preceded by calm, cloudy weather and rain, with a high but falling barometer ; such gales are not violent and of short duration
S.E. gales are% always accompanied by thick dirty weather, and rain ; they
seldom continue from that quarter for more than 12 or 18 hours, unless
the barometer falls very low, and almost always shift to S.W.
When the S.W. gale of winter is not preceded by the south-eastern,
the barometer seldom falls; it either remains stationary, when the gale may
be expected to continue longer, or rises slowly, when it will gradually
subside and fine weather follow. S.W. gales are accompanied by heavy
banks of clouds, and passing showers of rain, sometimes snow.
The barometer has been known to fall during winter as low as 29.45 arid
has been followed by no gale or bad weather, but on such occasions there
has been a heavy fall of snow on the hills, and a sudden fall of 15 degrees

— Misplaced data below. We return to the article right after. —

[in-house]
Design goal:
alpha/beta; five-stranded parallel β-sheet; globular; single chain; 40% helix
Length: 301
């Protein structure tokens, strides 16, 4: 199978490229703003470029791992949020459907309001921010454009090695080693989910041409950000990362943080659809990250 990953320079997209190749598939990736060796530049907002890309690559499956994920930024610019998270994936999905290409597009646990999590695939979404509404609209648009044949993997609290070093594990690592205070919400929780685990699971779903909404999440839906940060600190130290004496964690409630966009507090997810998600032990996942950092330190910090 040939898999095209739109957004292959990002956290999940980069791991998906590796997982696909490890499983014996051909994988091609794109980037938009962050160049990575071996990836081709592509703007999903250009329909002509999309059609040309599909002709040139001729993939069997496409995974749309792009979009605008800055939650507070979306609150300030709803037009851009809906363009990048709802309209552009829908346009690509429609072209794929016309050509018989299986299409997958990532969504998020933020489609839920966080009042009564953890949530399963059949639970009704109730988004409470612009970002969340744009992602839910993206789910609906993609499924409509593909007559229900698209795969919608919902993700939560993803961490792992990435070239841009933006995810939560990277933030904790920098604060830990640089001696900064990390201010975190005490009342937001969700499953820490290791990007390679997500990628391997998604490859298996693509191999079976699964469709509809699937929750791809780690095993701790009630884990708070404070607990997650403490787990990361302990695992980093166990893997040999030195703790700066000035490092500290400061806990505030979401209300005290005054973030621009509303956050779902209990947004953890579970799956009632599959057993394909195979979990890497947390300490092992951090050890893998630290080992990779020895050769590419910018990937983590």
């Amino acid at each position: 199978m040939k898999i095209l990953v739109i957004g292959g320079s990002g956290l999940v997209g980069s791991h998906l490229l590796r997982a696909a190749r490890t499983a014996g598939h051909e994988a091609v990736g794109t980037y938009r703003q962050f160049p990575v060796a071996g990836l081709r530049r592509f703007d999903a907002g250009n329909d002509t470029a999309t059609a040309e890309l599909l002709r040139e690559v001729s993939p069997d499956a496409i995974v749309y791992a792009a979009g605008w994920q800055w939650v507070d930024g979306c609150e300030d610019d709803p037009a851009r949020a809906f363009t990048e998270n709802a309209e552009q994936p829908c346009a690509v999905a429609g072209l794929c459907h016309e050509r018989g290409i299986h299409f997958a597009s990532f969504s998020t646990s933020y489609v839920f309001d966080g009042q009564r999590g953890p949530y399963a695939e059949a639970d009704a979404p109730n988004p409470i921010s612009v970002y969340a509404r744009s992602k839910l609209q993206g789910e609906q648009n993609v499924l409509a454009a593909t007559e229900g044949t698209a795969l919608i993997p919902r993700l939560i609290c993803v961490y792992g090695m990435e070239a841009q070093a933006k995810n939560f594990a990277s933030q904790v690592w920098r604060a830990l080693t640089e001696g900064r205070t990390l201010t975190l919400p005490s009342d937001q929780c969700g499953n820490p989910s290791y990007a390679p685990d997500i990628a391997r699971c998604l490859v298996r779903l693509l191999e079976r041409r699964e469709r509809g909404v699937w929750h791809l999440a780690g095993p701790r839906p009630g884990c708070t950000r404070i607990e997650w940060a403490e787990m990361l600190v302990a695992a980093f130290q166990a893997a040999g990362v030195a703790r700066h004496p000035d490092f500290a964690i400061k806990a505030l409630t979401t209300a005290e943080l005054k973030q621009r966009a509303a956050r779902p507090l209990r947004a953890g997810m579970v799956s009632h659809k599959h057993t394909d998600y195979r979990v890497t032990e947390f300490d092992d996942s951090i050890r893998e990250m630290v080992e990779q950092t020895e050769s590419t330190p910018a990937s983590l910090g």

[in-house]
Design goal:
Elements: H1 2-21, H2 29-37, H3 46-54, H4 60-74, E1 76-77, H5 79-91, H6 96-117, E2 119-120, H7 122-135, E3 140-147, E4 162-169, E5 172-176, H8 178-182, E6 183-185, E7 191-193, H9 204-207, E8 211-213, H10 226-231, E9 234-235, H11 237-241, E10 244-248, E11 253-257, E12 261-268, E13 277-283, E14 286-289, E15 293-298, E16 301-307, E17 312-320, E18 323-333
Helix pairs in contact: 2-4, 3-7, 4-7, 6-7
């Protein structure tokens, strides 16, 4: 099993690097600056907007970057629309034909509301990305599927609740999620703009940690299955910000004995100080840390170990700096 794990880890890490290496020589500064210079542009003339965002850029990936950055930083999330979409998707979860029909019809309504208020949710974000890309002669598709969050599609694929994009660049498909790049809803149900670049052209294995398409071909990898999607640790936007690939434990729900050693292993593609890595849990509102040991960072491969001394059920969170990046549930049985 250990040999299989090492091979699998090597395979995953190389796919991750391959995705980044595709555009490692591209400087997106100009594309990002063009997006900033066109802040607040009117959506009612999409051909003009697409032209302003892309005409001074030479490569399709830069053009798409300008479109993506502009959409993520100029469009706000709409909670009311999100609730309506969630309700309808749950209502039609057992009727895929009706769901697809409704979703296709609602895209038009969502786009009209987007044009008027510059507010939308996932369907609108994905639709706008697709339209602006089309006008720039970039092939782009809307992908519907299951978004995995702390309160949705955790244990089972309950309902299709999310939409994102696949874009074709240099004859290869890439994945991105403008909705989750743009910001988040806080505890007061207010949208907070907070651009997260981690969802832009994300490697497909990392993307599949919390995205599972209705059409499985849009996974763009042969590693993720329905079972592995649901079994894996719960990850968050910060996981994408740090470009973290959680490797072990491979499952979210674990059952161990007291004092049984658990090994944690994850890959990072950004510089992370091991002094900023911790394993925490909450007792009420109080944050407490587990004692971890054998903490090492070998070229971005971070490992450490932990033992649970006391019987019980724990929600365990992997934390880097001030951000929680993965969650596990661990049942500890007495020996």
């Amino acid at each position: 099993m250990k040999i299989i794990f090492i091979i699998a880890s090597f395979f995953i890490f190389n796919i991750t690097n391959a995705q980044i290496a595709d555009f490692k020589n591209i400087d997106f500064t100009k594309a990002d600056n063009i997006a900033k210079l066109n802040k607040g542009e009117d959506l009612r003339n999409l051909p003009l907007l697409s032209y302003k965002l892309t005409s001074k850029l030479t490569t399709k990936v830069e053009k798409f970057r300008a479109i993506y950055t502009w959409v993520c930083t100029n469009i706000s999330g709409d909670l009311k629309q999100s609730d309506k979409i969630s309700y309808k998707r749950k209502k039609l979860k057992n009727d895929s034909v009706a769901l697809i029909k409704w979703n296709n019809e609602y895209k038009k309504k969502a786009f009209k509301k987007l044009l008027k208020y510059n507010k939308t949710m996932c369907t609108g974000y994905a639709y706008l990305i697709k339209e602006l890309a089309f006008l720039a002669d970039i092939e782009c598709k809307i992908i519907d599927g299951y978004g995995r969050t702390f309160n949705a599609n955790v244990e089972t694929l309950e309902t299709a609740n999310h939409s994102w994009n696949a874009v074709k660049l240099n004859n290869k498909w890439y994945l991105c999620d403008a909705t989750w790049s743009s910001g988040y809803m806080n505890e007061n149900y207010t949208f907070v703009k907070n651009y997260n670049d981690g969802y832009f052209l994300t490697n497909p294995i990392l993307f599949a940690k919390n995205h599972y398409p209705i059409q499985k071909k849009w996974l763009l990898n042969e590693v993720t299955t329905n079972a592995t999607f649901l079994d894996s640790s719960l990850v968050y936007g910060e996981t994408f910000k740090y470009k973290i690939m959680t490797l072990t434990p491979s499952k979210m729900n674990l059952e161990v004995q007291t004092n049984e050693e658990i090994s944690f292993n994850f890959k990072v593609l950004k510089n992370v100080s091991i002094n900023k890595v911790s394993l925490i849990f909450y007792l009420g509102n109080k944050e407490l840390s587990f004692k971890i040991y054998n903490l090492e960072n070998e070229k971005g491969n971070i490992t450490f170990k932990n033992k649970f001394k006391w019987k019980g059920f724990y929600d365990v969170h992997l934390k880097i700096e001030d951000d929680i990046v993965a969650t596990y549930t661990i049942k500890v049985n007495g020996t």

in the temperature.
A fine northerly or N.E. wind frequently occurs at intervals during tbe
months of December, January, and February ; it is always accompanied
by a high barometor above 30.0, and at such times a continuance for several
days together of clear, cold, frosty weather may be looked for ; the barometer on these occasions will sometimes rise as high as 30.70, and the fine
weather will then probably last a fortnight or more.
fogs.—Although fogsin this region are not nearly of such frequent occurrence as on the neighbouring coast of California, where they prevail
almost uninterruptedly during summer and as late as the middle of October,
yet from August to November they occasionally occur in Juan de Fuca
strait, and are sometimes very dense over the entrance for several days
together. They are generally accompanied by calms or very light winds
from N.W., which renders them more dangerous to sailing vessels closing,
the land.
lights.—The strait of San Juan de Fuca is fairly lighted. On the
small island of Tatouch, close off Cape Flattery, is a fixed white light
of the first order, elevated 162 feet above the mean level of the sea, and